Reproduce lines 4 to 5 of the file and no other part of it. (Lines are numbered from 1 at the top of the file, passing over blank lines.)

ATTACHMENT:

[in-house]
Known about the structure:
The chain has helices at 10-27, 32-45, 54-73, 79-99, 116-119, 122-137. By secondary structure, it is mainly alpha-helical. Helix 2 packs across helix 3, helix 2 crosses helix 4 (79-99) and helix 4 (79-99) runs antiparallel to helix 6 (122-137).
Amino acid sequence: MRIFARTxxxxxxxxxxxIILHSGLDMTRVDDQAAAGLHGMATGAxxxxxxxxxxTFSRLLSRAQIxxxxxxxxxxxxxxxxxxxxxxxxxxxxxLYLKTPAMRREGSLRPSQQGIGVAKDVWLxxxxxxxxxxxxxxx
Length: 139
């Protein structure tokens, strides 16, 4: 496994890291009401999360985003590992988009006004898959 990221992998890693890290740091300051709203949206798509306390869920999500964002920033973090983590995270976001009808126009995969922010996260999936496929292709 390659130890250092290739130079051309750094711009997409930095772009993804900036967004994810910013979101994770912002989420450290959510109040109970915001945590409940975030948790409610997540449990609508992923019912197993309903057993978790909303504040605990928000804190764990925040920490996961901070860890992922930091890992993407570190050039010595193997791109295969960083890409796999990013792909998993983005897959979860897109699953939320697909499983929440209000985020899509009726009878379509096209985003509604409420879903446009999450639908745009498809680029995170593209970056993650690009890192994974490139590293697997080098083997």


Amino acid sequence: MRIFARTxxxxxxxxxxxIILHSGLDMTRVDDQAAAGLHGMATGAxxxxxxxxxxTFSRLLSRAQIxxxxxxxxxxxxxxxxxxxxxxxxxxxxxLYLKTPAMRREGSLRPSQQGIGVAKDVWLxxxxxxxxxxxxxxx
Length: 139